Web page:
In ‘spontaneous’ texts they are a common marker of informality, in written texts they may be trying to imitate or reflect that informality, or it may be an elliptical form for speed and ease of understanding. Context dependent so they make for contempt, need for speed, an eye-catching headline etc.
Eg No parking, Yes, whatever, Happy now?, Total agreement, Absolutely and Sam didn’t.
Simple Sentence (Sentence Type)
Simple sentences consist of one main clause, subject,verb,(object/adverbial) and make sense by itself. Eg I listen, She peeled a grape, I heard a rumour, Don’t believe the newspapers, The cake was eaten and They live over there.
Simple sentences simplify by offering easy to grasp statements and give clear instructions. Can be dramatic to give a punchy effect, clarifies or summaries earlier, more complex points and can express irony or disgust. etc.
Compound Sentence (Sentence Type)
Compound sentences are 2 simple sentences jammed together with a coordinating conjunction such as and, but, or. Each sentence has equal value. They contrast (but), give exceptions (or) and simple chaining (and), they give a sense of balance.
Eg I walked home but Nick got a taxi, His feet smell and his farts are deadly, Should she listen to him or walk away?, I listened to everything you had to say and I still don’t believe you.
Complex Sentence (Sentence Type)
Complex sentences have a relationship of dependency and do not make sense on their own, provide reasons why, indicate time and show conditions etc.
Eg. Although James was a bit of a bore, he helped me with my essays.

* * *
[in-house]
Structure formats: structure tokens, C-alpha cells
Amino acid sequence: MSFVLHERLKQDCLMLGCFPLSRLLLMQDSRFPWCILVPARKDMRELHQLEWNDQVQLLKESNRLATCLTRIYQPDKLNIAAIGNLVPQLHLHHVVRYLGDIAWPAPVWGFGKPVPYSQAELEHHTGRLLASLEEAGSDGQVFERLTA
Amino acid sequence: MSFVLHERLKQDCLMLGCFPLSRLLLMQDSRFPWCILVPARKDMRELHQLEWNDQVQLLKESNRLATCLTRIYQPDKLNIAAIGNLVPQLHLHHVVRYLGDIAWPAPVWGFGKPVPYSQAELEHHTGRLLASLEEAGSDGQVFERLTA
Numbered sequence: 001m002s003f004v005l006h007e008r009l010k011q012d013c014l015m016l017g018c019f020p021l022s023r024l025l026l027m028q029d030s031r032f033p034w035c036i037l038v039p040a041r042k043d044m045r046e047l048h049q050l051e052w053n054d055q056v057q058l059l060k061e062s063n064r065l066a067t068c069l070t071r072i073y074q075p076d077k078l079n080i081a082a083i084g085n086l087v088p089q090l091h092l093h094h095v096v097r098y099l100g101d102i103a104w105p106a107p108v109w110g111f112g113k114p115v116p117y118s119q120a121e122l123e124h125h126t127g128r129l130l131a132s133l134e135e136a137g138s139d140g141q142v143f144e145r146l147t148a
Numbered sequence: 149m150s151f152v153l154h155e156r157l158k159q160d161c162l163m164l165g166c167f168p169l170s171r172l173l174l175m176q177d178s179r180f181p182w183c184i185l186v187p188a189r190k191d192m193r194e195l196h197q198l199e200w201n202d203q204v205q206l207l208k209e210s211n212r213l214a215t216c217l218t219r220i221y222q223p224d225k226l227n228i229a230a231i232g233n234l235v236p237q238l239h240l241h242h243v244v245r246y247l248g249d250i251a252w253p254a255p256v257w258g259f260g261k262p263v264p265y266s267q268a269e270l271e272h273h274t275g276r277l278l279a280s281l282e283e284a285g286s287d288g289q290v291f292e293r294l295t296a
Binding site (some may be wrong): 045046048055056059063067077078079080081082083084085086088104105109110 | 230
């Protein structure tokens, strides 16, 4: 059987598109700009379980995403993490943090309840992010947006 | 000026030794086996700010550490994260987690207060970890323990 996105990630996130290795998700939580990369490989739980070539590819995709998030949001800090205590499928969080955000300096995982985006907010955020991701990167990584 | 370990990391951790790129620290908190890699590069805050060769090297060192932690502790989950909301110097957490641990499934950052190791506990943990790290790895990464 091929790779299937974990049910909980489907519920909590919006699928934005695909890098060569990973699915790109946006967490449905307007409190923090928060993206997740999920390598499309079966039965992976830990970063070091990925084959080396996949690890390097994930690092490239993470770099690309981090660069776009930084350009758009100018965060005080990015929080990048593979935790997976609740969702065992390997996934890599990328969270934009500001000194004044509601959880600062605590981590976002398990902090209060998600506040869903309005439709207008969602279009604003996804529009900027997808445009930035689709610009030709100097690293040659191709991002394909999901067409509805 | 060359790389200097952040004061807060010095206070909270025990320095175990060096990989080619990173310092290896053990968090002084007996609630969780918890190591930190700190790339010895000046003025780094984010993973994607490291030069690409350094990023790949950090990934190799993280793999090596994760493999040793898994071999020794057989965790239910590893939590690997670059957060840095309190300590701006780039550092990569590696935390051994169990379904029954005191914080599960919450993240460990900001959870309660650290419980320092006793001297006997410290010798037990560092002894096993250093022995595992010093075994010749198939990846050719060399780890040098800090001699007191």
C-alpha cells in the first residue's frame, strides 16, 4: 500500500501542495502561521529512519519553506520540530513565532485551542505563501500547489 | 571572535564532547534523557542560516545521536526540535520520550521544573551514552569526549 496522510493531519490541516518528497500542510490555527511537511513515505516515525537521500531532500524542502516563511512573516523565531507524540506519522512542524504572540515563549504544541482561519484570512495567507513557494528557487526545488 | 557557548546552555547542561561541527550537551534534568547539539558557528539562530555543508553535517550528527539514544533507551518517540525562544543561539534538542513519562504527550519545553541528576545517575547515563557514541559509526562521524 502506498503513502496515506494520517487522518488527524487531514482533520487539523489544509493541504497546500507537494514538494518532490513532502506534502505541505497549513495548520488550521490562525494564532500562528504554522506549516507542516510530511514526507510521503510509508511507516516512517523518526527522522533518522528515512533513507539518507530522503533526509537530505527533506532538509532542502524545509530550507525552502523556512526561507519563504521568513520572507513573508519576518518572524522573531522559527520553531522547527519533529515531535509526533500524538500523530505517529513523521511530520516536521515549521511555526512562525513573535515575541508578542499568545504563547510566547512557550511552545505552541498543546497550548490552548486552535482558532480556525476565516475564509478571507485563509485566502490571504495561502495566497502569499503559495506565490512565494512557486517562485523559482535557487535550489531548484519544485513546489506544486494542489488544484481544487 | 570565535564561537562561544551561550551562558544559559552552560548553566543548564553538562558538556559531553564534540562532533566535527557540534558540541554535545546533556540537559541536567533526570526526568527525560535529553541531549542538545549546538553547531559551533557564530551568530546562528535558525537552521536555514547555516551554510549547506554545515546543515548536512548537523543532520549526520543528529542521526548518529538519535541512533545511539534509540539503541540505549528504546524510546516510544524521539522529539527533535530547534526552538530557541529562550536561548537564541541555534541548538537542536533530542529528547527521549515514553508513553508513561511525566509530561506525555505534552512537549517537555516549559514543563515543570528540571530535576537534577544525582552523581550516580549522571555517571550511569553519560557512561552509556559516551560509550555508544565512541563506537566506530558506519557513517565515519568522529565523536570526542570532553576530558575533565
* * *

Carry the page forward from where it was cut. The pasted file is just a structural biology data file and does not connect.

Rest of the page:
I ate the oysters, even though Millie wouldn’t.
As Shelley wasn’t listening, Betty went home.
Since it is late, I had better go home.
Compound-Complex Sentence (Sentence Type)
Compound-complex sentences have mega multi-clause constructions that both coordinate (use ‘and’ ‘but’ ‘or’) and subordinate (use subordinating conjunctions).
Eg Kate wasn’t convinced and neither was Natasha so Mike gave up trying to persuade them. Until that moment, Angus thought she was a bit of a bitch and Sam thought he was a total tosser.
Convergence (Speech Style)
When a person’s speech style becomes more like those of the people being spoken to.
Divergence (Speech Style)
When a person’s speech style becomes less like those of the people being spoken to.
When a text has a topic or subject that a group of words relate to, for example if a passage of writing included the words “heart”, “flower”,”music”, “passion” the semantic field would most likely be considered ‘love’.
Comparing one thing to another using ‘like’ or ‘as’. Eg The cat is as fat as a pig and The house is like a warzone.
Describe a state of being such as thinking and feeling emotions.
Physical actions or processes such as running, skiing, walking and designing.
High Frequency Lexis
Language and words that are used very often such as telly, babe, quid etc.
Low Frequency Lexis
Language and words that are not commonly used such as photosynthesis, ubiquitous and preposterous etc.